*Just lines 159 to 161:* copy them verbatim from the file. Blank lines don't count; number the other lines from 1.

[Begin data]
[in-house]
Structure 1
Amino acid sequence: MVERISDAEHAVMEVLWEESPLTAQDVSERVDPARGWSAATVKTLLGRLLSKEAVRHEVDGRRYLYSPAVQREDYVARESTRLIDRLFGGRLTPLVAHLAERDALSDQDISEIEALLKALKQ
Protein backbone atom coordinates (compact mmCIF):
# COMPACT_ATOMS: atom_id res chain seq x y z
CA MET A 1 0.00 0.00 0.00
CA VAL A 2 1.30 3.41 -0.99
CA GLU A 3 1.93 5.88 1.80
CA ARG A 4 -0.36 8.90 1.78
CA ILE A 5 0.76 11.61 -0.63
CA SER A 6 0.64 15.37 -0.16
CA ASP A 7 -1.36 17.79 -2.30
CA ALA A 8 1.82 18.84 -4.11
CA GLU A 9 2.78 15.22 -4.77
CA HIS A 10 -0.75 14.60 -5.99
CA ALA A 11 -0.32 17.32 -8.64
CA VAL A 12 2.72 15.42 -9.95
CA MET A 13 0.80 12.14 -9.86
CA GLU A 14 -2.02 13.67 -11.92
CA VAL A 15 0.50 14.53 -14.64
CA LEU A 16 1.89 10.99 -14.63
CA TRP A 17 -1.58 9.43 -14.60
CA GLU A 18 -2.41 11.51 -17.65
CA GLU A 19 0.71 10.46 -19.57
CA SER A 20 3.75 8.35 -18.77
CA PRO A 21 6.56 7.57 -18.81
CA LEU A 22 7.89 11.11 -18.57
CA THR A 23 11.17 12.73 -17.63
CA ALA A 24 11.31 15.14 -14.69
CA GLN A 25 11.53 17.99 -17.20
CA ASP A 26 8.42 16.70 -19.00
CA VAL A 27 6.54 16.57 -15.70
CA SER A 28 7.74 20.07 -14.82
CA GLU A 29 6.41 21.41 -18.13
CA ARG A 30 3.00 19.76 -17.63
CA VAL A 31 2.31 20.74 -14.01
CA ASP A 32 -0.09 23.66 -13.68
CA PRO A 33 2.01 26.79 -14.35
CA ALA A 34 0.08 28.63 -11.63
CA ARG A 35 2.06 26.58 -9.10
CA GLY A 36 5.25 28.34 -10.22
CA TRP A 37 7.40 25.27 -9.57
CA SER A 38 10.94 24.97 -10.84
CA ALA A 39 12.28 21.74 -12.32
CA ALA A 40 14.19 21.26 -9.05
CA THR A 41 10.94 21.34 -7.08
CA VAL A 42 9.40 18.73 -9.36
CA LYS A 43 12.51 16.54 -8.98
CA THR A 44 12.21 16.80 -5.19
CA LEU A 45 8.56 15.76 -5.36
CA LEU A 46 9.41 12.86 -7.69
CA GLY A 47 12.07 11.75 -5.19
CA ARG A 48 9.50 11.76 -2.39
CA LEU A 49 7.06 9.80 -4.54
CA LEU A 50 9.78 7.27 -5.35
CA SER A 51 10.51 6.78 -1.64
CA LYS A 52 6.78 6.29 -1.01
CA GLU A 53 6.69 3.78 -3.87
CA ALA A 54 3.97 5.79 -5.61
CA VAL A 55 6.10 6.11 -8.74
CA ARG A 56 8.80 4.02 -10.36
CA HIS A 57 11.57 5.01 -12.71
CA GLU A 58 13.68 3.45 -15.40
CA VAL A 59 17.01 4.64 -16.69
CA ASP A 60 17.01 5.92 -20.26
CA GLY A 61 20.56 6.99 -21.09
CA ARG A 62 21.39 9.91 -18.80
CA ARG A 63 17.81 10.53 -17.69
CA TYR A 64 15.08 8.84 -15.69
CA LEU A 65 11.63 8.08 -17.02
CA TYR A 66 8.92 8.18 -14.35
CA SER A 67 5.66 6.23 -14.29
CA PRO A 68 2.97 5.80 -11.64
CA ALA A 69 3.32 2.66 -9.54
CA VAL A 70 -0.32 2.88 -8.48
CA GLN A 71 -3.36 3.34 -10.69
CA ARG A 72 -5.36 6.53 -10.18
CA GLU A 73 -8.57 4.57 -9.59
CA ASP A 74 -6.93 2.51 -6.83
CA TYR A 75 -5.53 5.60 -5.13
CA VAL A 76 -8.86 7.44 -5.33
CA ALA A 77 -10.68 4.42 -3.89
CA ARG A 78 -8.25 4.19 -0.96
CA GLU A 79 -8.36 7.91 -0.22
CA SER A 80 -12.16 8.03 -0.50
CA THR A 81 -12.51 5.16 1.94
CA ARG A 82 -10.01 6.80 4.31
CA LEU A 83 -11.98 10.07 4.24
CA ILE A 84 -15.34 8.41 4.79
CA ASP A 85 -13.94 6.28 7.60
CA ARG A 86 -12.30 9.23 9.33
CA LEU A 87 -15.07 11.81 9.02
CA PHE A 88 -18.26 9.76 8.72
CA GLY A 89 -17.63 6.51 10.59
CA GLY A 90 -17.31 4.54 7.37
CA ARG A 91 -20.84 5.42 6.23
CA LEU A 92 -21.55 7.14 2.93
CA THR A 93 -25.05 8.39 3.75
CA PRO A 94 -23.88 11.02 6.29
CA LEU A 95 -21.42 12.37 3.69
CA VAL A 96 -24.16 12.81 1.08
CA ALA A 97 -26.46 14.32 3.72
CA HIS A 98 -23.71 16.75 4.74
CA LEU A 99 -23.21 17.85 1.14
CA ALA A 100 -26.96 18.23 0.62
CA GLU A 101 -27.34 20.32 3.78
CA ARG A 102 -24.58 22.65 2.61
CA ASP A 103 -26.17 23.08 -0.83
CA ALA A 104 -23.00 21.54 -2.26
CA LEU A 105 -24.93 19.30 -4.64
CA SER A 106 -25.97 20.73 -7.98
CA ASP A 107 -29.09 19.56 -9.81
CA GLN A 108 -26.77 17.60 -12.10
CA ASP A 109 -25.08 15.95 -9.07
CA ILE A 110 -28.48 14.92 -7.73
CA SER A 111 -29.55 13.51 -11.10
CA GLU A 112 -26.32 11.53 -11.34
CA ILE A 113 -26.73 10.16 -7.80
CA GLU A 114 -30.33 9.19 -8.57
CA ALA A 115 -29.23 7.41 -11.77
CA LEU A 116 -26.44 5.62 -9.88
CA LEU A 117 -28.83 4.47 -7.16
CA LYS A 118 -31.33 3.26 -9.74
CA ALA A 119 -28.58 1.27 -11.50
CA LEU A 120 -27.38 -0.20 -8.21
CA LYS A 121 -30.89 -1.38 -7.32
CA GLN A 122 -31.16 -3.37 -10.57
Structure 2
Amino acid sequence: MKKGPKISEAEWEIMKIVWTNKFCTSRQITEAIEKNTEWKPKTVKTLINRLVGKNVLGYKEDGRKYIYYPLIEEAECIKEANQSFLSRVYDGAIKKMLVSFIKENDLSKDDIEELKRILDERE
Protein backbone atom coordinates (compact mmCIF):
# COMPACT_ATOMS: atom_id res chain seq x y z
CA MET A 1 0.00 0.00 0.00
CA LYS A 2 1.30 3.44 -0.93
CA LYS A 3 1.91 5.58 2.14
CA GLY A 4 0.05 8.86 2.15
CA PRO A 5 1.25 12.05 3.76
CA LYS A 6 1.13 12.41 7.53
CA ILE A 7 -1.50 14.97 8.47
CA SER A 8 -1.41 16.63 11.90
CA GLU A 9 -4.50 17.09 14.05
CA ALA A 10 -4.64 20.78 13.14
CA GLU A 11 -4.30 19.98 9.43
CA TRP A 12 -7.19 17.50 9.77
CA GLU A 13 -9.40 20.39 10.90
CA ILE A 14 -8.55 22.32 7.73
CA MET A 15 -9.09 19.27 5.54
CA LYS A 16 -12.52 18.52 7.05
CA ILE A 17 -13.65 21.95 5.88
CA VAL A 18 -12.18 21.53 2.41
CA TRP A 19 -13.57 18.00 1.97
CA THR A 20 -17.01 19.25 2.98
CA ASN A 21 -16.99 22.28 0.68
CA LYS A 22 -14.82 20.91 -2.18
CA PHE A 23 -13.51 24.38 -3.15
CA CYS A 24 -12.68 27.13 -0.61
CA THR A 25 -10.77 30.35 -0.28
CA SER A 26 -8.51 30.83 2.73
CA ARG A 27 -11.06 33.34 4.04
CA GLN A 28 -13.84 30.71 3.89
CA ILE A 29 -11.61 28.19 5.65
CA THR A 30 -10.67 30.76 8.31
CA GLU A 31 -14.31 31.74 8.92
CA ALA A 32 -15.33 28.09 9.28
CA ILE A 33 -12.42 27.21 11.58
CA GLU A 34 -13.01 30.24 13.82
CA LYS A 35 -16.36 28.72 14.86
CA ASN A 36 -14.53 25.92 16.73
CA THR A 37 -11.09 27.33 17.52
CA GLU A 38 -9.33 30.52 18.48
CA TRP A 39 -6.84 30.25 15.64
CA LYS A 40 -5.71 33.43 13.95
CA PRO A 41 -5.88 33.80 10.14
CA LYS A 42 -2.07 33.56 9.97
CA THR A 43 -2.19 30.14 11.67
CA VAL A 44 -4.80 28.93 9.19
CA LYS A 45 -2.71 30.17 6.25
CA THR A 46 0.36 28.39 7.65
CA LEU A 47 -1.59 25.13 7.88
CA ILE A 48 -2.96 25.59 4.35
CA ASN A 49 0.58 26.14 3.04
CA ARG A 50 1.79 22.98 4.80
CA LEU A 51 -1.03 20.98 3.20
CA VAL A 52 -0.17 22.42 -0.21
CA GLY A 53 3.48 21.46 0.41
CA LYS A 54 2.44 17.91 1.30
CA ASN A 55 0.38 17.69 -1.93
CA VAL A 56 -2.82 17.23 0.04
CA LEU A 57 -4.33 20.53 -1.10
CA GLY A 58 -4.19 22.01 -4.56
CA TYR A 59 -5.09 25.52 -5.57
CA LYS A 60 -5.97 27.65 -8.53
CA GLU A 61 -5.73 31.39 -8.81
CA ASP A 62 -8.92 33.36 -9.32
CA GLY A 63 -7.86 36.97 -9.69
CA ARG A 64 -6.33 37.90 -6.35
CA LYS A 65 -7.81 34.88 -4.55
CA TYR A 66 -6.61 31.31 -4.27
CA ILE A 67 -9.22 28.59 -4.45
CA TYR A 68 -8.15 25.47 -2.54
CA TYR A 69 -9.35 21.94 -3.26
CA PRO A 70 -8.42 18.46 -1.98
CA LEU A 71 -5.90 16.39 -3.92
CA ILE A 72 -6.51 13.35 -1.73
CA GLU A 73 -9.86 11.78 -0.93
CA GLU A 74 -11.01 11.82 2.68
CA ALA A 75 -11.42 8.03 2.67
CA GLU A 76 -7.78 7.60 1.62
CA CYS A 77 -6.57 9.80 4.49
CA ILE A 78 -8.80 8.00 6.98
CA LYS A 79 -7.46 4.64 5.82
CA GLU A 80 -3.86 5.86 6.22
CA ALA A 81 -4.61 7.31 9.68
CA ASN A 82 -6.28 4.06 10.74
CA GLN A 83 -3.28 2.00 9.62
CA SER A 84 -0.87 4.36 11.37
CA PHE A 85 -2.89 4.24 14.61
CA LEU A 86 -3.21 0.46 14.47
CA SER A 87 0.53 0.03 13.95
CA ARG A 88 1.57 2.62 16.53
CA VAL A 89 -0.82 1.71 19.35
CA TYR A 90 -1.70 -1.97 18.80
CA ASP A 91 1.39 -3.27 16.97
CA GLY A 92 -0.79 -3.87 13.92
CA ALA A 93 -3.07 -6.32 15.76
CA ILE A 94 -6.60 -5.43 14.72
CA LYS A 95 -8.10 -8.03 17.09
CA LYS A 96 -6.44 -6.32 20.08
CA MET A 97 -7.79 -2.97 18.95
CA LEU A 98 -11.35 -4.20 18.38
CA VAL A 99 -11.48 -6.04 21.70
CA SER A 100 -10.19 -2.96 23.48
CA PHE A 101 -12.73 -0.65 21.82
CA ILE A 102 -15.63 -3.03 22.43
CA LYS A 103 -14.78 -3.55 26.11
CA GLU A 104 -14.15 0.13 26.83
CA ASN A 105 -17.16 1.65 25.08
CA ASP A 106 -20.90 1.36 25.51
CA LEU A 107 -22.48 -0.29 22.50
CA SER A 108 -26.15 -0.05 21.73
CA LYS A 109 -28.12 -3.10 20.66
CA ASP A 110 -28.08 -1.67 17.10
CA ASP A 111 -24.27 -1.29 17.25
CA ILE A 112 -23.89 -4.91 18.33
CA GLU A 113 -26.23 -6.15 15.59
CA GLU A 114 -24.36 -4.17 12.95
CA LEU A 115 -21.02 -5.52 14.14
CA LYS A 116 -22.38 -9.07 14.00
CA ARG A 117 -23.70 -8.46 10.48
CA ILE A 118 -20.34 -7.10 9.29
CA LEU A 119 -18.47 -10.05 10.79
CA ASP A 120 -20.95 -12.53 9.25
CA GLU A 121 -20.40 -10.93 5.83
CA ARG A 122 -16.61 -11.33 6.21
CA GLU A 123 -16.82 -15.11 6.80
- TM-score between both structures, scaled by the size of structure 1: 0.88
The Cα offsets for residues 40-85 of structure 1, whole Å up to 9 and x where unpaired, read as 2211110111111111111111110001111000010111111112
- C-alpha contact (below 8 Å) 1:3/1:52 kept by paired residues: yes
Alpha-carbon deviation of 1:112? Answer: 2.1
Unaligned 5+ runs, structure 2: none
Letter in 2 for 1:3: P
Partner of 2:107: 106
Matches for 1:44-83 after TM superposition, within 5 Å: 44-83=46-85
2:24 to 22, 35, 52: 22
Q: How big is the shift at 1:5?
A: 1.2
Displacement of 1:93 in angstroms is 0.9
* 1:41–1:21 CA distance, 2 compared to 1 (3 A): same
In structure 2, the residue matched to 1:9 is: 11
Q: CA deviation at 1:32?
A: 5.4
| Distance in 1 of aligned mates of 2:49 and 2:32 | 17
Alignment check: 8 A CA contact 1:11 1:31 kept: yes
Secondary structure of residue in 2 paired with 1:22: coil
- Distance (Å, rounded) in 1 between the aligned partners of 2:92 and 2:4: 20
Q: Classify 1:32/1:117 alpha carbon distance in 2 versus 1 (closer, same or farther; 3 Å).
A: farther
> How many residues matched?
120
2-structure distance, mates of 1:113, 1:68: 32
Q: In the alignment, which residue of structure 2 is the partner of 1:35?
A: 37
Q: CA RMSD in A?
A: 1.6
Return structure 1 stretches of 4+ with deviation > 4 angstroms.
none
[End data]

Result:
CA GLN A 28 -13.84 30.71 3.89
CA ILE A 29 -11.61 28.19 5.65
CA THR A 30 -10.67 30.76 8.31